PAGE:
Kristel: Growing Up Mixed-Race In A World That Sees Things In Black And White
Kristel Tracey describes how she may not be black enough or white enough, but she’s enough.
Picture this: a small brown girl sways in front of a mirror with a bright red matted wig on, performing a rendition of The Little Mermaid soundtrack. Her wig is so dishevelled it looks as though Sebastian the crab might crawl out of it at any moment. Yet to her, this wig signifies beauty. It might be knotty, but to her it’s still better than the hair it hides. The hair that her mum tentatively brushes as though it’s a lion that might bite her hand off, sprays with Dark n’ Lovely detangling spray, before pulling into some contortion (topped off with a randomly placed glitter clip). The hair that causes her Jamaican aunt to clamp her little body between her knees as the wide-tooth Comb of Doom attempts to regain some level of control.
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From that tender age I was acutely aware that whiteness was the desirable ‘norm’ in our society, and that I fell outside of it. It was in the TV I watched, the books I read, the Barbies I clutched and the kids I went to school with. My mum could shower me with love, teach me how to tie my shoelaces or tell me what to do when I got my first period, but she couldn’t equip me with an understanding of how to navigate white spaces with brown skin. If whiteness is an exclusive club, my 50% European card is not accepted currency.
That was a reality my black Jamaican dad was better placed to prepare me for, when he told me at a very young age: “You’re mixed-race, but you need to be aware that the world will always see you as black. You might have it a bit easier, but you’ll still have to work twice as hard to get half as far.”
And for the most part I’ve found that to be true, although I have no doubt that being mixed-race in a world that judges you according to your proximity to whiteness has also had a bearing on my experiences.
While I grew up with plenty of access to my dad’s West Indian family and friends, I spent much of my childhood living in predominantly white areas and often struggled to feel a sense of belonging. As is the case for most kids, I just wanted to blend in with my peers, so I felt insecure and inadequate for the things that marked me out as different. To me, home was where I didn’t stick out like a sore thumb. Belonging and acceptance felt like the warmth of my nan’s love, the sound of belly laughs, the heartbeat of black music and the scent of nutmeg in my beloved cornmeal porridge – not the stares of old white folks in my local village pub, or an uninvited hand mistaking my afro hair for a petting farm.
However, upon entering my teenage years I found that the innocent ease with which I had formerly navigated black spaces took an unexpected detour. All of a sudden, I was differentiated by male peers as a ‘lightskin ting’, fetishized and pursued as a trophy for anyone trying to cop his own bootleg version of [insert name of light-skinned R&B star here]. Any rebuff of an unwanted suitor or the sight of my non-smiling face were taken as evidence that I thought I was ‘too nice’, like the rest of my superiority-complex-riddled sort. I became aware of the pervasiveness of colourism in black spaces, which placed me at a relative advantage but disregarded and disrespected my darker-skinned friends, who often found themselves at the sharp end of racialised sexism and misogyny. I hated it and never considered being at the favourable end of colourism a compliment, but the result of Eurocentric beauty ideals that brainwashed us into thinking blackness was only ‘palatable’ in a watered-down form. When I entered the world of relationships, I also found that who I dated became some sort of litmus test of my blackness: Date mostly white guys? You’re a bit of a coconut. Date mostly black guys? You’re with ‘us’. As I once heard it perfectly summed up by another mixed-race person: “When you pick a partner, you pick a side”.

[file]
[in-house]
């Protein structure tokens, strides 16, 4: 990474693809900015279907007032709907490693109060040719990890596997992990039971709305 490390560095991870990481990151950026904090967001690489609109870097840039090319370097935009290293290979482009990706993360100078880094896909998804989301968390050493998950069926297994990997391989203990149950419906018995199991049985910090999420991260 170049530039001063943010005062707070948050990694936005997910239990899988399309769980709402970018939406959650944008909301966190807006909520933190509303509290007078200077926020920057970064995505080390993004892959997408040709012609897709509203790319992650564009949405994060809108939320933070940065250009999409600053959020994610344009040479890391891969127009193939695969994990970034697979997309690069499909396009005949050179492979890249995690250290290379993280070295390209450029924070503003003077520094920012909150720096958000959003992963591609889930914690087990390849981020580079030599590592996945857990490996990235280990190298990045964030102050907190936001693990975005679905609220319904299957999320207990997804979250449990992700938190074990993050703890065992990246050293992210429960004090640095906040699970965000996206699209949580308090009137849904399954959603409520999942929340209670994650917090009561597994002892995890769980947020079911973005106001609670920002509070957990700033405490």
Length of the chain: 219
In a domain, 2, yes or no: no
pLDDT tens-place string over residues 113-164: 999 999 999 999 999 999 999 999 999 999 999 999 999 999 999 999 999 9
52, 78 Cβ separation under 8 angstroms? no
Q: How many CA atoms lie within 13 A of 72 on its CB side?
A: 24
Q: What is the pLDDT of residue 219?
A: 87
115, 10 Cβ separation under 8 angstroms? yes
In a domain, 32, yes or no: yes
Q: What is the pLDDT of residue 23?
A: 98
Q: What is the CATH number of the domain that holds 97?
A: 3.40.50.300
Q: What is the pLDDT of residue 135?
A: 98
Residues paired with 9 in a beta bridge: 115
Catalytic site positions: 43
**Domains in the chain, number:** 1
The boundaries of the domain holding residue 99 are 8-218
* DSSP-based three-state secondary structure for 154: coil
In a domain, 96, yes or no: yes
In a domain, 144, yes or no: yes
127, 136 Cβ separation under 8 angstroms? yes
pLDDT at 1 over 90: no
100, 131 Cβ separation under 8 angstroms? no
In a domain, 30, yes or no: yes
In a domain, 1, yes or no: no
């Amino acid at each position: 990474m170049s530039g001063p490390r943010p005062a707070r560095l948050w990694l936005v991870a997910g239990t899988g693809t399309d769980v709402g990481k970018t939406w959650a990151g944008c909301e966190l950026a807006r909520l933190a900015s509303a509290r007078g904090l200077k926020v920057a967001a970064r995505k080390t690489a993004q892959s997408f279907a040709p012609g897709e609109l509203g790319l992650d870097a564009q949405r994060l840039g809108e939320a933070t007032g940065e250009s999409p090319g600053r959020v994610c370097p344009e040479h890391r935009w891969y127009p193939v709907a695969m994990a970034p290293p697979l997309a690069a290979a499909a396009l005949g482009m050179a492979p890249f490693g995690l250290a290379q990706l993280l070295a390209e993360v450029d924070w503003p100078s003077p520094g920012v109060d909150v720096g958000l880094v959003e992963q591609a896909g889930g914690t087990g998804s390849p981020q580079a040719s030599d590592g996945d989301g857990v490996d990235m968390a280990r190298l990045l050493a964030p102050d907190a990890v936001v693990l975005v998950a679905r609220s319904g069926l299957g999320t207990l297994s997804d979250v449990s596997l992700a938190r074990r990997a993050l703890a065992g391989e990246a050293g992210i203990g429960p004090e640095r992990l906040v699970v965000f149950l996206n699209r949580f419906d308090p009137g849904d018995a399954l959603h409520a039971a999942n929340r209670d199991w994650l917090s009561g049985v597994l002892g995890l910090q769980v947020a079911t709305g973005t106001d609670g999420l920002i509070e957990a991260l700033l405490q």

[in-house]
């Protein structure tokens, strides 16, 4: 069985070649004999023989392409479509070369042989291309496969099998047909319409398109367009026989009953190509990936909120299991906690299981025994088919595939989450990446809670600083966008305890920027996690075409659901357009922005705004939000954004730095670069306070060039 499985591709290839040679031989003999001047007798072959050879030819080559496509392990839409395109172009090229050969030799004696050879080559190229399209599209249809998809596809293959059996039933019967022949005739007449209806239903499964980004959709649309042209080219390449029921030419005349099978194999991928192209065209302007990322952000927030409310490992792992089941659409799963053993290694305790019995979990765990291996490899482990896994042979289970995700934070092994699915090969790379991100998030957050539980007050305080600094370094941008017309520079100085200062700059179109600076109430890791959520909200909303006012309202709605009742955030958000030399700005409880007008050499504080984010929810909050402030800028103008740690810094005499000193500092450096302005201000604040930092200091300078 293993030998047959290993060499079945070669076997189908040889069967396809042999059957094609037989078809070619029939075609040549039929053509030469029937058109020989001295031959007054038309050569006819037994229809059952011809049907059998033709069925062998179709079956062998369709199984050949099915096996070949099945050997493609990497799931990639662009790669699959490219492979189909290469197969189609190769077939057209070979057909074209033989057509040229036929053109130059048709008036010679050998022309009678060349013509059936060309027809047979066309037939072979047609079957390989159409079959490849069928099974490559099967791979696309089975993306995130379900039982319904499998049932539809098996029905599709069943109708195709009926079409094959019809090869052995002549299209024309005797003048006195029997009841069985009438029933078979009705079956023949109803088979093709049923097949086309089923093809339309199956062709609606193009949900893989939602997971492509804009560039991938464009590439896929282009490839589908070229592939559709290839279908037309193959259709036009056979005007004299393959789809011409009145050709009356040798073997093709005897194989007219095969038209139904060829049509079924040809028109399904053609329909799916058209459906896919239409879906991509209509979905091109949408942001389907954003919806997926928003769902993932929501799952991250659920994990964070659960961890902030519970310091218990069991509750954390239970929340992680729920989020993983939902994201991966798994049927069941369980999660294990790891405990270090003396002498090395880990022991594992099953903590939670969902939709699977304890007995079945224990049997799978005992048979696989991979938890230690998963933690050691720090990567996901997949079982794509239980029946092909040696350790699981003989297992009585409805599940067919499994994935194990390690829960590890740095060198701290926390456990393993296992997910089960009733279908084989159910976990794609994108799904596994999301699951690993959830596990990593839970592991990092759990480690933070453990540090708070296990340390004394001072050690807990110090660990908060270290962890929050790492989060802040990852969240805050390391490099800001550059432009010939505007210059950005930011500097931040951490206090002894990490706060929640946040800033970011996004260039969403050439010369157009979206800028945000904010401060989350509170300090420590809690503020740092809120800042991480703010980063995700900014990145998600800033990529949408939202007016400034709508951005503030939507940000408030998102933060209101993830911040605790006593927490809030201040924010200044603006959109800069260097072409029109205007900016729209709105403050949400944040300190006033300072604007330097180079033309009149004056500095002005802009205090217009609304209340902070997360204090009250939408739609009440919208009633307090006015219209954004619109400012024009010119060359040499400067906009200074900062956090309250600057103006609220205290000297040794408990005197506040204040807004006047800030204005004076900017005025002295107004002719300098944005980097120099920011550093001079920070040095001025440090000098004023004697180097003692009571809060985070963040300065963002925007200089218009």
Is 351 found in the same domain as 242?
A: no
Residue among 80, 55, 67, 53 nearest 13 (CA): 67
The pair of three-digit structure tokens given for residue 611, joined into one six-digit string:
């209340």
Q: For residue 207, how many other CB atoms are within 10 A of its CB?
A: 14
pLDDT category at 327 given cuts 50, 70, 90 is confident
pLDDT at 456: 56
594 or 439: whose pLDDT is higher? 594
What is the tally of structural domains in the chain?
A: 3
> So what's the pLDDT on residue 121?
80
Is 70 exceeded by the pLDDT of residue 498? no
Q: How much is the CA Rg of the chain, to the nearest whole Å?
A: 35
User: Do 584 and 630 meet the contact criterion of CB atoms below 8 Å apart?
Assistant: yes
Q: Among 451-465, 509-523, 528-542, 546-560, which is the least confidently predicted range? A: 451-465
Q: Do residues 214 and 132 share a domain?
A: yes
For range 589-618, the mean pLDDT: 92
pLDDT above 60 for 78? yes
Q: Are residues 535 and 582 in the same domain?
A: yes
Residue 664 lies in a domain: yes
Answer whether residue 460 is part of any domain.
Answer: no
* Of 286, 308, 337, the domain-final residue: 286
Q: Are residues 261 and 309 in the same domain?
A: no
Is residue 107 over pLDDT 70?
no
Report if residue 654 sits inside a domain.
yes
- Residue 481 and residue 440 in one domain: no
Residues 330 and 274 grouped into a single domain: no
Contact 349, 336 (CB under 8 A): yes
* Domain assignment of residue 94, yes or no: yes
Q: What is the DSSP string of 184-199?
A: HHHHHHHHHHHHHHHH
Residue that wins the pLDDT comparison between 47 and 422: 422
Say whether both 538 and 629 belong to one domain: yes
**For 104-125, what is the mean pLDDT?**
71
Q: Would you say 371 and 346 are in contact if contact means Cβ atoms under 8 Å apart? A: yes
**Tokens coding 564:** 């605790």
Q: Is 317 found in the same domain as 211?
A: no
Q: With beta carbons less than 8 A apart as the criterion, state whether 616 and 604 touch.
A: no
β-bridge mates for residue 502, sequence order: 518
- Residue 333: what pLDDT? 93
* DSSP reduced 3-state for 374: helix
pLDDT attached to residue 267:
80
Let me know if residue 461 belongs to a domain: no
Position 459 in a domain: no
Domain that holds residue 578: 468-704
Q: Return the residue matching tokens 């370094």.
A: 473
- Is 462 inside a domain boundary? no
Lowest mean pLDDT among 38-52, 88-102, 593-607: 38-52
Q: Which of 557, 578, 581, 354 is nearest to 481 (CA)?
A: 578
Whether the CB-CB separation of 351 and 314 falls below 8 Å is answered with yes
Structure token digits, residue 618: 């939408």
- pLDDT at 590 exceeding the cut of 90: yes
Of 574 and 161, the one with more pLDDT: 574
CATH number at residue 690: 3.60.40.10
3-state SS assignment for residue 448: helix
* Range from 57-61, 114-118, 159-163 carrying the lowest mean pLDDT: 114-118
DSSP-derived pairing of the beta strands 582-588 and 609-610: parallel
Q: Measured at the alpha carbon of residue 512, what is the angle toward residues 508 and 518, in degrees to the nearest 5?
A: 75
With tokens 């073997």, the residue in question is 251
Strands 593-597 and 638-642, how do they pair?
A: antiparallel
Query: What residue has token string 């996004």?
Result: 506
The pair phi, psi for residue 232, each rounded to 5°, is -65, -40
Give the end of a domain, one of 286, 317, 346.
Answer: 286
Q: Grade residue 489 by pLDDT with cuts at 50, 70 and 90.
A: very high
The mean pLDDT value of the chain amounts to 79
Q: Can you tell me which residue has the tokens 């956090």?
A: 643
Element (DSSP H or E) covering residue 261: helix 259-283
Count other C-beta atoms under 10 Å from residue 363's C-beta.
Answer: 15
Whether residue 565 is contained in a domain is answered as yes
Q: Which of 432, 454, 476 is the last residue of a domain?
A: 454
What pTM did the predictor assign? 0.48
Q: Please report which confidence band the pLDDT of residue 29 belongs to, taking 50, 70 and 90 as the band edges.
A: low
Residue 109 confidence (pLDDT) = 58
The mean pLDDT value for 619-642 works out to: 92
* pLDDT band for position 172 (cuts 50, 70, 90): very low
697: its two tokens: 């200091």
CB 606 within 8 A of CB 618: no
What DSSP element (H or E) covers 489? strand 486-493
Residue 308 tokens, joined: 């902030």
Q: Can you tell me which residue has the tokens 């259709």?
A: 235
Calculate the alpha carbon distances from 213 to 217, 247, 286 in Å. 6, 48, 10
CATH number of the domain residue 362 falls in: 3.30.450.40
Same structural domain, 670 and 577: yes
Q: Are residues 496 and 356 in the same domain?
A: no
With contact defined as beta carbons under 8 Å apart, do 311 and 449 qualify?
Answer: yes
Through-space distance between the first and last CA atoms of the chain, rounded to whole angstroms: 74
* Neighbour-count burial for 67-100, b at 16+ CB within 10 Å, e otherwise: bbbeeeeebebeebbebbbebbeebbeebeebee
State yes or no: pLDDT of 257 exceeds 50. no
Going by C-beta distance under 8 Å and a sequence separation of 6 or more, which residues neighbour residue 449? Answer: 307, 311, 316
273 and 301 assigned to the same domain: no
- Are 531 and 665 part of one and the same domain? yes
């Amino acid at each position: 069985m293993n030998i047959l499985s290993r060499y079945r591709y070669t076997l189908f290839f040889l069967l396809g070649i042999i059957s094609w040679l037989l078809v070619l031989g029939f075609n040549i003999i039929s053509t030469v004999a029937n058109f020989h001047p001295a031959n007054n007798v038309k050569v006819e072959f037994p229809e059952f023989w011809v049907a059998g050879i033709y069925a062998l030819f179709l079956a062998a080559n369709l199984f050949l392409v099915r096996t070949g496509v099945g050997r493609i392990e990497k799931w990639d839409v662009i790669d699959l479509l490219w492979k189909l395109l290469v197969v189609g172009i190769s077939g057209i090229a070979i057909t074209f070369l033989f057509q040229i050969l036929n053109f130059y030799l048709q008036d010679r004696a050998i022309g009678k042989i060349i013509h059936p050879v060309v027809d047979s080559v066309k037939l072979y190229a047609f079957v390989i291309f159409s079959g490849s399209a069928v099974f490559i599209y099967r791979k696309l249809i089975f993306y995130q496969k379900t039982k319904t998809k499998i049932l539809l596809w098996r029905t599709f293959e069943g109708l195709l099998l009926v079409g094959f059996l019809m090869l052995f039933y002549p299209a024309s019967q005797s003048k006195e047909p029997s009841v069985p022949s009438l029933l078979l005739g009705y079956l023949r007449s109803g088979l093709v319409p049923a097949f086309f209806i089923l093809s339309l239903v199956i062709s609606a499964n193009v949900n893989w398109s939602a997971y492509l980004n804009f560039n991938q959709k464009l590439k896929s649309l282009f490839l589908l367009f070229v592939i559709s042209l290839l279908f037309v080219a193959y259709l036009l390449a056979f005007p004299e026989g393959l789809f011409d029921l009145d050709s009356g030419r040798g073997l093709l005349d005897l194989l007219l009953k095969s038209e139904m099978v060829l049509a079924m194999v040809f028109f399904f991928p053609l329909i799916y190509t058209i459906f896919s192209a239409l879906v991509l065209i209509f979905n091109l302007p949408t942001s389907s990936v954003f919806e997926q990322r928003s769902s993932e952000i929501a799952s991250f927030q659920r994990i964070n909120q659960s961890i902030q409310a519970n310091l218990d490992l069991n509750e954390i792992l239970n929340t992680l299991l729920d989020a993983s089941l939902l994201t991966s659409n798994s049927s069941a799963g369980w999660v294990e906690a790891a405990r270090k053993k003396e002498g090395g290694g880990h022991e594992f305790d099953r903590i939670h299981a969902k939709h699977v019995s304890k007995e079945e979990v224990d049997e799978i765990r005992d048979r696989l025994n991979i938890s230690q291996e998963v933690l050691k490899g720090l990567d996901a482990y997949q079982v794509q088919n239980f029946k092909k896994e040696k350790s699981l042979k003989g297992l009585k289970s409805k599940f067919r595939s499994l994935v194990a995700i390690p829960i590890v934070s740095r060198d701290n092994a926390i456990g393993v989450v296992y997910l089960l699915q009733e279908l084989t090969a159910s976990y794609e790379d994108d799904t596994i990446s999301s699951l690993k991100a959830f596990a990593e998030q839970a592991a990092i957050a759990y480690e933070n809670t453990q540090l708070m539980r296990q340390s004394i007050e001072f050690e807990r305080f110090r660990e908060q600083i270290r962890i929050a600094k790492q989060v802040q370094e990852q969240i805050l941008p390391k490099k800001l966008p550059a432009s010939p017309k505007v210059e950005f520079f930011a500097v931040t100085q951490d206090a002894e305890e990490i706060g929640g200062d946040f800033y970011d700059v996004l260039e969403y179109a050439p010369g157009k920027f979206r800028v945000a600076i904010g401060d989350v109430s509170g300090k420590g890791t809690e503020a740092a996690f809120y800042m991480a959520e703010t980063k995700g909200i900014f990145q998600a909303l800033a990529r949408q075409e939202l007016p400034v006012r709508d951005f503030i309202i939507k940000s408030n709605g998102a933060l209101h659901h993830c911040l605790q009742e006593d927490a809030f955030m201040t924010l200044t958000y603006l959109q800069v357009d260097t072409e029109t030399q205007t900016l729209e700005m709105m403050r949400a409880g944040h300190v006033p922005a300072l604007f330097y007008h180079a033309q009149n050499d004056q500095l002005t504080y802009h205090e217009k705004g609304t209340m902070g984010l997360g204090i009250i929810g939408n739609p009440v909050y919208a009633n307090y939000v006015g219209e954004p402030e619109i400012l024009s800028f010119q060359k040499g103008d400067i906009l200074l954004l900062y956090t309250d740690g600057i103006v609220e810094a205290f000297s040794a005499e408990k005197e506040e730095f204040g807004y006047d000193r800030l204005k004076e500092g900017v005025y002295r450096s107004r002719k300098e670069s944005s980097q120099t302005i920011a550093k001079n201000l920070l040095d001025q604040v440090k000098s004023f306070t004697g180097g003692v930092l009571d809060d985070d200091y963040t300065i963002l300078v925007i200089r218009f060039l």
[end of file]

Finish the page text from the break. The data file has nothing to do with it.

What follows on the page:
Being mixed-race in a society that likes to fit people into neat boxes seems to be more difficult for observers to grapple with than the bearers. We’re often expected to cram our dominant identity and loyalties into one camp or another, or are lauded as living evidence of colour-blindness (a phenomenon which resides in the same camp as unicorns and leprechauns). We’re either assumed to bridge gaps, or exist within the gaps. And while the numbers of mixed-heritage people in the UK have grown rapidly, it’s not always been easy to find safe spaces to share those experiences with others who ‘get’ what’s it’s like to navigate the grey area.
There is no easy way to define mixed-race experience or identity; instead, there are a wealth of stories shaped by the cultures we’re formed of and exposed to, our families and friends, where we grew up, who we grew up with, the way we look etc. But I see that ambiguity as a positive, offering so many unique insights and perspectives and demanding nuance in a world where this is all too often absent.
I’m a grown-ass-woman now so I can look back at earlier experiences and chuckle at some, shake my head at others. I also feel grateful for the journey since then, and find belonging in shared humanity first and foremost. While I’ll always feel more at home in diverse spaces (and the invisibility I’ve enjoyed since moving to London pleases me no-end), standing out doesn’t fill me with the same dread it used to. I attach less significance to the way other people define me, and am more concerned about whether I can learn to be completely comfortable with myself. And when you get down to the crux of things, that’s all most people ever want.